While some followers of Messiah tend to view the Torah of Moshe negatively, I would like to suggest that it is a wonderful gift - it is God’s Word, after all – because it shows us who God is, and because God never changes, we know that His precepts handed down through Moses still hold spiritual value. The Torah of Moses also points us to Yeshua as He Himself said, “For if you believed Moses, you would believe Me; for he wrote about Me.”
John 5:46

I don't believe it is coincidental that when we connect the two portions with Passover, we find a form of redemption through God’s provision of purification. I also believe that as Malachi speaks of the importance of returning to God as the “gadol” (great) day of the LORD approaches, we, His followers, need to be reminded of our role to be salt and light so that those who aren’t yet purified & redeemed by the blood of the Lamb have an opportunity to do that.

As followers of Messiah, we often seek and expect perfection rather than repentance, purification, and holiness. But let’s not be deceived; the Kingdom of God is not about perfect people but about people who have been purified & cleansed by Yeshua and are free to live holy lives by the power of the Holy Spirit, having been reconciled to the Father.

He seeks purified hearts – not perfect people.

I would like to close with one final thought. In Malachi 3:16-18 it is written:

Then those who feared the LORD spoke to one another, and the LORD listened attentively and heard it, and a book of remembrance was written before Him for those who fear the Lord and esteem His name. “And they will be Mine,” says the LORD of armies, “on the day that I prepare My own possession, and I will have compassion for them just as a man has compassion for his own son who serves him.” So you will again distinguish between the righteous and the wicked, between one who serves God and one who does not serve Him.”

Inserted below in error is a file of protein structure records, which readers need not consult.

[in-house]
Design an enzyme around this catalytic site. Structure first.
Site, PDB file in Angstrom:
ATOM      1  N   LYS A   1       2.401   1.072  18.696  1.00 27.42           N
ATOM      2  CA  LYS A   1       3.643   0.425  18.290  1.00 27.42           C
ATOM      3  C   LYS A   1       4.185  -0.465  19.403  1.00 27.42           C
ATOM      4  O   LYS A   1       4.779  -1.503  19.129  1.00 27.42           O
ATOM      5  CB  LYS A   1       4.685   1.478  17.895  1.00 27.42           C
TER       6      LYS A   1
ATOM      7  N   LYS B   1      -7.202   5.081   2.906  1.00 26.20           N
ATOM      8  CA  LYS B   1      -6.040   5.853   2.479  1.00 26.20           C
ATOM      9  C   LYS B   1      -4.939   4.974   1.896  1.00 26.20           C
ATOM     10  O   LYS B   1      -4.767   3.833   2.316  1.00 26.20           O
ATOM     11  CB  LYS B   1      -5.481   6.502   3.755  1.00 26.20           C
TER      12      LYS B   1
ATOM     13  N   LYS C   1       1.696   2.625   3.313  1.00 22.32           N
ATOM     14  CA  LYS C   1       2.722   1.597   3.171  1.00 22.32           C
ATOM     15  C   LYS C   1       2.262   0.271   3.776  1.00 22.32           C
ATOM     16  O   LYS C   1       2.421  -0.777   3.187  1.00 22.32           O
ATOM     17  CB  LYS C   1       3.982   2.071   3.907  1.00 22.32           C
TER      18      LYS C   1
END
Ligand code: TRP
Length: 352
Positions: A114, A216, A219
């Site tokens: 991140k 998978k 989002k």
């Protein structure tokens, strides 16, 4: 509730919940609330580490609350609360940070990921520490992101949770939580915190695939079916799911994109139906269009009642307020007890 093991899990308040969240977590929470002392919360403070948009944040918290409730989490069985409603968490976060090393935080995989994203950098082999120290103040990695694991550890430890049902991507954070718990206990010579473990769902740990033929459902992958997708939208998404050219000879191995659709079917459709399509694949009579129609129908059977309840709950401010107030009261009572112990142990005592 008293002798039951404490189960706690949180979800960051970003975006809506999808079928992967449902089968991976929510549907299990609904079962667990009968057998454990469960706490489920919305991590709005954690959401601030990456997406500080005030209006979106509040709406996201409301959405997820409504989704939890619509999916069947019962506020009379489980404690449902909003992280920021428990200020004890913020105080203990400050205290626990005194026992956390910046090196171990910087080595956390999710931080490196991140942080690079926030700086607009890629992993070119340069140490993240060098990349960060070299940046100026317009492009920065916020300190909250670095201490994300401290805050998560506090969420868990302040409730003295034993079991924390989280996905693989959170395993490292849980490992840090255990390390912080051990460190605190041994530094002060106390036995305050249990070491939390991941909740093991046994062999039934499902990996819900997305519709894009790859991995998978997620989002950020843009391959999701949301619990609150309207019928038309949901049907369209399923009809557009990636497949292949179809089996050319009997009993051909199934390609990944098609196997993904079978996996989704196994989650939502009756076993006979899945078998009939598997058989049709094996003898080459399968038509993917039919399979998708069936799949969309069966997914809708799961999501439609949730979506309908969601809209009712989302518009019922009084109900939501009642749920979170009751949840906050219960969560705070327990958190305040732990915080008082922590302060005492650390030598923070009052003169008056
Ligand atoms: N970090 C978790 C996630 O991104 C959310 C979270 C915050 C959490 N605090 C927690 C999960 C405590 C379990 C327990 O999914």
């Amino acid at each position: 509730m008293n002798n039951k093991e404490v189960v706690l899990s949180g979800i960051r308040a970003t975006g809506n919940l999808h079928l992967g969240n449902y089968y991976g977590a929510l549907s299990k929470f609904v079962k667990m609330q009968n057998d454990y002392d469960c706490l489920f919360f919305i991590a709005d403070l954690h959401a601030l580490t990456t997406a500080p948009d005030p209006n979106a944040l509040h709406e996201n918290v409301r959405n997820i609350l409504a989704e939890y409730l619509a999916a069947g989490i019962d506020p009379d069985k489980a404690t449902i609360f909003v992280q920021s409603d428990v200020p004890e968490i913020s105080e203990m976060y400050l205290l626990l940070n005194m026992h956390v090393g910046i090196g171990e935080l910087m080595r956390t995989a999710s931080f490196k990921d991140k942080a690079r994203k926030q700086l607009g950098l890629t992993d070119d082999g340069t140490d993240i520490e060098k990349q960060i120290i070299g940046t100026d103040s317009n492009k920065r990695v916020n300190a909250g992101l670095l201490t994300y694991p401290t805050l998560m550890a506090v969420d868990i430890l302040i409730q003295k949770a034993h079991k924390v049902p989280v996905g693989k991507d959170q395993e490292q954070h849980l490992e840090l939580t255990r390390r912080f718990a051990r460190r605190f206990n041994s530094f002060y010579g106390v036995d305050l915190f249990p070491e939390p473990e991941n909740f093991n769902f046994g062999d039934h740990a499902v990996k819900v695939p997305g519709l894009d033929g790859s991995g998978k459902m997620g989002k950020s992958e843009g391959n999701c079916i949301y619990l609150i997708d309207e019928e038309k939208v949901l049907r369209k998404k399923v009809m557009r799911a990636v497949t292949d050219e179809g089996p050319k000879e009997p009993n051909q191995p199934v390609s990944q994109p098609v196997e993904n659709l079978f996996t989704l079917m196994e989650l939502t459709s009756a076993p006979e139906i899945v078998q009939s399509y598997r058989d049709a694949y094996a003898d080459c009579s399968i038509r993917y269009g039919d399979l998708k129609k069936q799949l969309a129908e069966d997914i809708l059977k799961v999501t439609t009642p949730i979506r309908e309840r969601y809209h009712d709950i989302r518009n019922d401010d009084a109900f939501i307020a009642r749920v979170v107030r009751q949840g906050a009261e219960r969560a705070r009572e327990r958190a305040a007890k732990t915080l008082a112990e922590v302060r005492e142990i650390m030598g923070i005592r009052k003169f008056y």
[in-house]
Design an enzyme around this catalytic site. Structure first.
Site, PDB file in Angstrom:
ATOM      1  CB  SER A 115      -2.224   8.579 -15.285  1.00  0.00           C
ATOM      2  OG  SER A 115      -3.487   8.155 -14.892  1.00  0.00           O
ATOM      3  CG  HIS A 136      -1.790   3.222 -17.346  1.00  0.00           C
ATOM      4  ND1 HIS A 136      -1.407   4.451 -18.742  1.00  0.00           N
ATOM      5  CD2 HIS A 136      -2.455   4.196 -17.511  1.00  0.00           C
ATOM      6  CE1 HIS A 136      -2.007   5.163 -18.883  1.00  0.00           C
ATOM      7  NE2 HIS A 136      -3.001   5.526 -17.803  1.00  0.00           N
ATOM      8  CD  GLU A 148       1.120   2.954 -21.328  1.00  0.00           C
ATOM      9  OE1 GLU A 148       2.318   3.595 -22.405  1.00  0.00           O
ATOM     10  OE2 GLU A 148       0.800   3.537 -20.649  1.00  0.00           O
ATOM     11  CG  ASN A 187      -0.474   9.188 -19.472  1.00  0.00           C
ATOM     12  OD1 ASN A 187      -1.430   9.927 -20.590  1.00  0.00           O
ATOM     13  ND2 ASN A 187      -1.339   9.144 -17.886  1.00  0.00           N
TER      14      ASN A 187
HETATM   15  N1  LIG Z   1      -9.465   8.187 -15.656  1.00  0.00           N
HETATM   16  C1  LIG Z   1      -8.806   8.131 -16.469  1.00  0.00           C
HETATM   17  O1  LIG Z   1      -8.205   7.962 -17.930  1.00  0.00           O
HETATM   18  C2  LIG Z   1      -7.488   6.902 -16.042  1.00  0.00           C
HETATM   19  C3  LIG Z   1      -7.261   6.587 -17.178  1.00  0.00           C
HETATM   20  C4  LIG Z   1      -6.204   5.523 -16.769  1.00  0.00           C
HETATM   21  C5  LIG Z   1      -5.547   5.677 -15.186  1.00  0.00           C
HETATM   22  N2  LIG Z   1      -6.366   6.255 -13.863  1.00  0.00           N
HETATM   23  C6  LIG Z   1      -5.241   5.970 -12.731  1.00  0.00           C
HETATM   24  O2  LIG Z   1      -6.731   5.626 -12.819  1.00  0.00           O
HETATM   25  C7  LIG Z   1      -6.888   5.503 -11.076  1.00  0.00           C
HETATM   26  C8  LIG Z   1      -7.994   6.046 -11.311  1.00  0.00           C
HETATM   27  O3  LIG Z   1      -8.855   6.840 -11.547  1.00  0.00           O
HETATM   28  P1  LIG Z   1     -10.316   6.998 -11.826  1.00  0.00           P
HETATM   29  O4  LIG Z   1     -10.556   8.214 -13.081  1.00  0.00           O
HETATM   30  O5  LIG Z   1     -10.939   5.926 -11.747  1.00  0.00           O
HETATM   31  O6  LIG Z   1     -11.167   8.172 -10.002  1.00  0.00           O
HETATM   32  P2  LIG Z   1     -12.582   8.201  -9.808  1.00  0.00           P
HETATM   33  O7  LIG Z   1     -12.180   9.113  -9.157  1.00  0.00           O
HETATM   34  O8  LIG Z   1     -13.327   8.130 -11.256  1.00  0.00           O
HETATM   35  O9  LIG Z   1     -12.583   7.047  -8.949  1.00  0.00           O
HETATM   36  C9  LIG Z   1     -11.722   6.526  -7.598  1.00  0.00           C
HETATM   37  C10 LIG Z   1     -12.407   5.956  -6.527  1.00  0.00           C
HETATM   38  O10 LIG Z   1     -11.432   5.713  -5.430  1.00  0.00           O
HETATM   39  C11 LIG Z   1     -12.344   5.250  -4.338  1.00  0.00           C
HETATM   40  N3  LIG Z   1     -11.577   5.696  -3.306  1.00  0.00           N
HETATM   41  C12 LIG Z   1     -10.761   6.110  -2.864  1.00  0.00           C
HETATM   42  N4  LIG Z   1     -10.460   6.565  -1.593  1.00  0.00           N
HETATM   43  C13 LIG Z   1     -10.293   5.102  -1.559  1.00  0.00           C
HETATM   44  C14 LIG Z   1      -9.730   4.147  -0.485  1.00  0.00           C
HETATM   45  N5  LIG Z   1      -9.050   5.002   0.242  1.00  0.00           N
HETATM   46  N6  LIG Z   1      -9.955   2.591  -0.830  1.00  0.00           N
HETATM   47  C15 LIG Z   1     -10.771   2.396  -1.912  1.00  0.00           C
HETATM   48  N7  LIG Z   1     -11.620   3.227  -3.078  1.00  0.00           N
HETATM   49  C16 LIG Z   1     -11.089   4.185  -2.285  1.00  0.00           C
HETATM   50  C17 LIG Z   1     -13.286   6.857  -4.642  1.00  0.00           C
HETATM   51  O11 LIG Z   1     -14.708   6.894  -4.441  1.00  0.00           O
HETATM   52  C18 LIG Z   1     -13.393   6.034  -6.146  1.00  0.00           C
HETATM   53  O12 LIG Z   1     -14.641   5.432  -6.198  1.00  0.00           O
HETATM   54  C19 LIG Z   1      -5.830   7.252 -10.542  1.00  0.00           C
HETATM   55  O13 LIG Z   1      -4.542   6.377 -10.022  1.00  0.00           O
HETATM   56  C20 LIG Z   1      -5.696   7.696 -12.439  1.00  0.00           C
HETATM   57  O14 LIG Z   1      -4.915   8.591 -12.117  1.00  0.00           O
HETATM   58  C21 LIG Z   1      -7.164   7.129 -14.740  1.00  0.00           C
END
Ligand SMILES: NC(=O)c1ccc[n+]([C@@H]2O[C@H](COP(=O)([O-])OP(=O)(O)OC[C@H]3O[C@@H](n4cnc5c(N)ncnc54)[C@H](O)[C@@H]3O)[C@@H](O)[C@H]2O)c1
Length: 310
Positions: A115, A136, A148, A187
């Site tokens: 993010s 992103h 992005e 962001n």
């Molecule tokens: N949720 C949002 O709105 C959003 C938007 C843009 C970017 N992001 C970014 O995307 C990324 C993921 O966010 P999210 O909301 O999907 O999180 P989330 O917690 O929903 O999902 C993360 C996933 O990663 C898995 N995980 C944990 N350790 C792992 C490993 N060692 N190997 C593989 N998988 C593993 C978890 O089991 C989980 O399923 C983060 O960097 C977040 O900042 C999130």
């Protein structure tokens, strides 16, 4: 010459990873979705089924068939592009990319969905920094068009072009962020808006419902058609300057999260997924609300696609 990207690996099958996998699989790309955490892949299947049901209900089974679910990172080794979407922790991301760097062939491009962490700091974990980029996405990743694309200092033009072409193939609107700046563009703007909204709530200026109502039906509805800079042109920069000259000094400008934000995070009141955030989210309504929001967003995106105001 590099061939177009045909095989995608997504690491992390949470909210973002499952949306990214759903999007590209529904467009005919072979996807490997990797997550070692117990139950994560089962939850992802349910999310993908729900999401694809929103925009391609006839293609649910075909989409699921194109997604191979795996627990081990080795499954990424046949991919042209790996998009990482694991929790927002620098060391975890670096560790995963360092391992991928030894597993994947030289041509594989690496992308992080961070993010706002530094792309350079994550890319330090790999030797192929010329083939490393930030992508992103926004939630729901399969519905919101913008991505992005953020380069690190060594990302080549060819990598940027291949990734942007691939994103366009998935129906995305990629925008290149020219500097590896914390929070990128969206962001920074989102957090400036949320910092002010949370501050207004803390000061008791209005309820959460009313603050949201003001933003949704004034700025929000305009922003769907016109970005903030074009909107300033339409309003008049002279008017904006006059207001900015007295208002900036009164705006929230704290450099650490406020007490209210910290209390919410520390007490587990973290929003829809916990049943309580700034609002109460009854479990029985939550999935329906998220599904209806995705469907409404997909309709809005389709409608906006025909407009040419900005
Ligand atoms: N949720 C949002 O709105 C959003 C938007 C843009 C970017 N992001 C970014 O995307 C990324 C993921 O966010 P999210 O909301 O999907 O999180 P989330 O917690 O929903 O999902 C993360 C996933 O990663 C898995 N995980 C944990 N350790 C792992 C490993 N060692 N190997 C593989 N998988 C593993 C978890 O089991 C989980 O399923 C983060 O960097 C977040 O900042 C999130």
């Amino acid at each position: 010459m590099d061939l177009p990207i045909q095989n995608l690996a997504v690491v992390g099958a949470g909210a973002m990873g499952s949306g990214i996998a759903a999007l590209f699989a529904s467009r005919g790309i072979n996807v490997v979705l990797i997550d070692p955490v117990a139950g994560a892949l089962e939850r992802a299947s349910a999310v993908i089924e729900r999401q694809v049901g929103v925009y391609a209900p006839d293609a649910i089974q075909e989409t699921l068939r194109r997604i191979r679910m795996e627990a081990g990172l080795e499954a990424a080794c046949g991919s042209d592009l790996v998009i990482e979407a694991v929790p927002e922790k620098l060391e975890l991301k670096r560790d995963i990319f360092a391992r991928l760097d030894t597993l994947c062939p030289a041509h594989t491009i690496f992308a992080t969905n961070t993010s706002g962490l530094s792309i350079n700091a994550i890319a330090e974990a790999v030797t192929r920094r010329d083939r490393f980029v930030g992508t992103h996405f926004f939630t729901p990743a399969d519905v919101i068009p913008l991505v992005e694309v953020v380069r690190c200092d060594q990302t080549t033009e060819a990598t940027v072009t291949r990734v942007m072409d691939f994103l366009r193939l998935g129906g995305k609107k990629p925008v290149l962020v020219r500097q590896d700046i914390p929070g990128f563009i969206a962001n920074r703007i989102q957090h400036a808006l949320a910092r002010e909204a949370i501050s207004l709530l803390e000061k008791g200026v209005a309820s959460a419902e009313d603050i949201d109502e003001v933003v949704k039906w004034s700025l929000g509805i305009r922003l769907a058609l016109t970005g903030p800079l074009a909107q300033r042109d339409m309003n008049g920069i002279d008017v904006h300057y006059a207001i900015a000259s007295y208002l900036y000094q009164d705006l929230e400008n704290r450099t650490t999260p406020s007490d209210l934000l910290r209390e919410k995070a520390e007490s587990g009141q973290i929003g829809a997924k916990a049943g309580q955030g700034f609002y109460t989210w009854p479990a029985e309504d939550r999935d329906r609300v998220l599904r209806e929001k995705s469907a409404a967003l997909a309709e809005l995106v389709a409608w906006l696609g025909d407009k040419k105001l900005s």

As we are entering this very special season of the Passover, I would like to remind us all that the day of the Lord is coming. It will indeed be a great day in which each of us will give an account of ourselves to God. The biggest question, which is the most important one, is if your name is written in the book of remembrance? While we might be quick to answer “yes”, I would challenge each of us to also ask “How do I know?” The above verses from Malachi say that “those who fear the Lord and esteem His name” will be written in the book of remembrance…

Do you fear the Lord and esteem His name? If so, how does the knowledge of the one and only true God reflect in and through your life?

Shabbat Shalom,

Check out previous blogs on this parashah!

Did you know? — Lone Soldier

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2 Comments on “His Kingdom Come”

  1. His name was conceived in the mouth of Moses by the Holy Spirit.
    Yahoshua the messiah is our passover.
    There is no other name under heaven given among men whereby we must be saved.
    I love him with all my heart and soul. I love his name and to speak often with others who also desire to fear and ascribe greatness to his awesome name..